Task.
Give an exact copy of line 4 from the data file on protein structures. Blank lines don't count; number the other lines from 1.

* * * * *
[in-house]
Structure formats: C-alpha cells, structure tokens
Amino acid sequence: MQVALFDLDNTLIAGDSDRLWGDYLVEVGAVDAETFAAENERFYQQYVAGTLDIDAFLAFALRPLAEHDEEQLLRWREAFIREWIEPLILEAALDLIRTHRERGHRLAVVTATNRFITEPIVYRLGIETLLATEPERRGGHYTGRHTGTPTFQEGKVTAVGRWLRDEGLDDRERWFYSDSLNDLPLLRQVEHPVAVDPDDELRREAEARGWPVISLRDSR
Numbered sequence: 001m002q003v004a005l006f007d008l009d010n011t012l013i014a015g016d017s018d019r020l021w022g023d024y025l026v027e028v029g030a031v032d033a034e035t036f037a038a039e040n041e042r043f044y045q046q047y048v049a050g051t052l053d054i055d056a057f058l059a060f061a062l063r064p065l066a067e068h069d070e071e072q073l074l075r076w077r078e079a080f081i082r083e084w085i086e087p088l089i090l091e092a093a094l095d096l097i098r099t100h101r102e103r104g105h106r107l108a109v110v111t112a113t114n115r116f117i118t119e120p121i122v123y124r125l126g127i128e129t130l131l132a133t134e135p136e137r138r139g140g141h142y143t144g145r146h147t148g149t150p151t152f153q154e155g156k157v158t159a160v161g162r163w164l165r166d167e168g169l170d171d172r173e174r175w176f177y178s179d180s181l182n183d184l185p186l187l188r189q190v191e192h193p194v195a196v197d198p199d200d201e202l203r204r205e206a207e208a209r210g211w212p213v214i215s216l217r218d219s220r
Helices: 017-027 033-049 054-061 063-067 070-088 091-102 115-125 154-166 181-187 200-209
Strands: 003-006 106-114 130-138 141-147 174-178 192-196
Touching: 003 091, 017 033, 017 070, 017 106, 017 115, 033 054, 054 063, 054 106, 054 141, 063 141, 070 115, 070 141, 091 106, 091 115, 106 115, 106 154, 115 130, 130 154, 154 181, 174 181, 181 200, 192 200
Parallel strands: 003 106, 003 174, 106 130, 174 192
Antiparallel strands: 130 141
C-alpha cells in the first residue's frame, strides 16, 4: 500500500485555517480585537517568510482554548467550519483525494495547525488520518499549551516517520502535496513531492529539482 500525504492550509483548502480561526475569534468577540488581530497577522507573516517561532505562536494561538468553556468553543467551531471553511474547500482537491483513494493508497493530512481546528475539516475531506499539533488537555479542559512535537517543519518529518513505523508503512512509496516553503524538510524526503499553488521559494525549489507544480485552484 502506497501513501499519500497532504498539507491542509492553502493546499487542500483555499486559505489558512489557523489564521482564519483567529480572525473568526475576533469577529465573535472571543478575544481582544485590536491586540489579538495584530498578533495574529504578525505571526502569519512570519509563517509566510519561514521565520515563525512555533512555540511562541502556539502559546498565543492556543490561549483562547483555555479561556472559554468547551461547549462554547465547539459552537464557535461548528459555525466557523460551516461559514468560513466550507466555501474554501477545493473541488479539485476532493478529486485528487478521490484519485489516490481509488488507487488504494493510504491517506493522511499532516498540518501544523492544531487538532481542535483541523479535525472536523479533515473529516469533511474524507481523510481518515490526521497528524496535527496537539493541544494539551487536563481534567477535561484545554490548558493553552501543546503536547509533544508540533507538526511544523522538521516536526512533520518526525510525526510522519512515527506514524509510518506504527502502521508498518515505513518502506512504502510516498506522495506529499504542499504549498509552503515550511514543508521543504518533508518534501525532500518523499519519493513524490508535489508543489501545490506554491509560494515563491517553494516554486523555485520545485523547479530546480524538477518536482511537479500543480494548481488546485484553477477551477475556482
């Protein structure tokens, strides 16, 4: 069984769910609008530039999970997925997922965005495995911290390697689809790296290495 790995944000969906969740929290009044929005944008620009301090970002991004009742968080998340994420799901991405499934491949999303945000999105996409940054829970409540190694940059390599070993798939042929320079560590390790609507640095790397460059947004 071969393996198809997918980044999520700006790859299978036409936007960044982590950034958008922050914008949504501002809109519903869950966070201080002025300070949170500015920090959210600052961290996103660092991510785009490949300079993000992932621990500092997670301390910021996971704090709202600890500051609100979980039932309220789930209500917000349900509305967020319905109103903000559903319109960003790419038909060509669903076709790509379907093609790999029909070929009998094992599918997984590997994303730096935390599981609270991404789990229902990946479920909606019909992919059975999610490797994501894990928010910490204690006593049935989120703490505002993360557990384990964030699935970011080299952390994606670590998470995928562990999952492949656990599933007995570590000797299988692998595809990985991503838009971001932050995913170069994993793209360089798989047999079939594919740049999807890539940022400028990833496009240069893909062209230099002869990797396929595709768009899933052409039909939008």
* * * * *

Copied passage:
Numbered sequence: 001m002q003v004a005l006f007d008l009d010n011t012l013i014a015g016d017s018d019r020l021w022g023d024y025l026v027e028v029g030a031v032d033a034e035t036f037a038a039e040n041e042r043f044y045q046q047y048v049a050g051t052l053d054i055d056a057f058l059a060f061a062l063r064p065l066a067e068h069d070e071e072q073l074l075r076w077r078e079a080f081i082r083e084w085i086e087p088l089i090l091e092a093a094l095d096l097i098r099t100h101r102e103r104g105h106r107l108a109v110v111t112a113t114n115r116f117i118t119e120p121i122v123y124r125l126g127i128e129t130l131l132a133t134e135p136e137r138r139g140g141h142y143t144g145r146h147t148g149t150p151t152f153q154e155g156k157v158t159a160v161g162r163w164l165r166d167e168g169l170d171d172r173e174r175w176f177y178s179d180s181l182n183d184l185p186l187l188r189q190v191e192h193p194v195a196v197d198p199d200d201e202l203r204r205e206a207e208a209r210g211w212p213v214i215s216l217r218d219s220r